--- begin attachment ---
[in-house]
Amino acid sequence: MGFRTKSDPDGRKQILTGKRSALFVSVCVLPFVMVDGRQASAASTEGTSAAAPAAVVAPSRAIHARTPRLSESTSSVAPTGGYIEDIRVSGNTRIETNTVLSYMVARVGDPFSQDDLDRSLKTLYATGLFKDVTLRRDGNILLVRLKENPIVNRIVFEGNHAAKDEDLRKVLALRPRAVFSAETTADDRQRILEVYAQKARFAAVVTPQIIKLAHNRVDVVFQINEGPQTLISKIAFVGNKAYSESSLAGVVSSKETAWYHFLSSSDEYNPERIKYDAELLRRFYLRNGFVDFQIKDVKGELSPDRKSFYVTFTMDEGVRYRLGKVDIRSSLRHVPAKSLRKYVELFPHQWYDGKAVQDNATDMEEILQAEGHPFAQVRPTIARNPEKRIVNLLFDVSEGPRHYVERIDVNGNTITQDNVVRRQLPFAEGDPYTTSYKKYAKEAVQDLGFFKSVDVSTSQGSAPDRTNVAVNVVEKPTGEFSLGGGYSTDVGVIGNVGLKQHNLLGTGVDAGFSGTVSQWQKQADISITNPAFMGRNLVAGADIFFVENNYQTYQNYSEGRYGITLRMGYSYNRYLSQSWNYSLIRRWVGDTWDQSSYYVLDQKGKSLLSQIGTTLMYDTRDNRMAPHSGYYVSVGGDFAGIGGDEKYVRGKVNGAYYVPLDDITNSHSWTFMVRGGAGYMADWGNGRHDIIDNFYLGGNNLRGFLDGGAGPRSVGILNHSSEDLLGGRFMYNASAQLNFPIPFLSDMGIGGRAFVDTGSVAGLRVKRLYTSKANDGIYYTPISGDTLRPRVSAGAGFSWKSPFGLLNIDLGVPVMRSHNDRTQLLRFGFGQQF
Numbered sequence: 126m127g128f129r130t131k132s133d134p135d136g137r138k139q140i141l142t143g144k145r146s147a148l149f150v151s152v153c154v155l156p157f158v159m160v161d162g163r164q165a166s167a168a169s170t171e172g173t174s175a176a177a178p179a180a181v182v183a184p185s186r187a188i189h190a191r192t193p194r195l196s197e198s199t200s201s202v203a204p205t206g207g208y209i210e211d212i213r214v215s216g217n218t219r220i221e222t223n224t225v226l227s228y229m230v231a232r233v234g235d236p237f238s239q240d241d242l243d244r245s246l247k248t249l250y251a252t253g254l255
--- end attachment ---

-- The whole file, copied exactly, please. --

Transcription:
[in-house]
Amino acid sequence: MGFRTKSDPDGRKQILTGKRSALFVSVCVLPFVMVDGRQASAASTEGTSAAAPAAVVAPSRAIHARTPRLSESTSSVAPTGGYIEDIRVSGNTRIETNTVLSYMVARVGDPFSQDDLDRSLKTLYATGLFKDVTLRRDGNILLVRLKENPIVNRIVFEGNHAAKDEDLRKVLALRPRAVFSAETTADDRQRILEVYAQKARFAAVVTPQIIKLAHNRVDVVFQINEGPQTLISKIAFVGNKAYSESSLAGVVSSKETAWYHFLSSSDEYNPERIKYDAELLRRFYLRNGFVDFQIKDVKGELSPDRKSFYVTFTMDEGVRYRLGKVDIRSSLRHVPAKSLRKYVELFPHQWYDGKAVQDNATDMEEILQAEGHPFAQVRPTIARNPEKRIVNLLFDVSEGPRHYVERIDVNGNTITQDNVVRRQLPFAEGDPYTTSYKKYAKEAVQDLGFFKSVDVSTSQGSAPDRTNVAVNVVEKPTGEFSLGGGYSTDVGVIGNVGLKQHNLLGTGVDAGFSGTVSQWQKQADISITNPAFMGRNLVAGADIFFVENNYQTYQNYSEGRYGITLRMGYSYNRYLSQSWNYSLIRRWVGDTWDQSSYYVLDQKGKSLLSQIGTTLMYDTRDNRMAPHSGYYVSVGGDFAGIGGDEKYVRGKVNGAYYVPLDDITNSHSWTFMVRGGAGYMADWGNGRHDIIDNFYLGGNNLRGFLDGGAGPRSVGILNHSSEDLLGGRFMYNASAQLNFPIPFLSDMGIGGRAFVDTGSVAGLRVKRLYTSKANDGIYYTPISGDTLRPRVSAGAGFSWKSPFGLLNIDLGVPVMRSHNDRTQLLRFGFGQQF
Numbered sequence: 126m127g128f129r130t131k132s133d134p135d136g137r138k139q140i141l142t143g144k145r146s147a148l149f150v151s152v153c154v155l156p157f158v159m160v161d162g163r164q165a166s167a168a169s170t171e172g173t174s175a176a177a178p179a180a181v182v183a184p185s186r187a188i189h190a191r192t193p194r195l196s197e198s199t200s201s202v203a204p205t206g207g208y209i210e211d212i213r214v215s216g217n218t219r220i221e222t223n224t225v226l227s228y229m230v231a232r233v234g235d236p237f238s239q240d241d242l243d244r245s246l247k248t249l250y251a252t253g254l255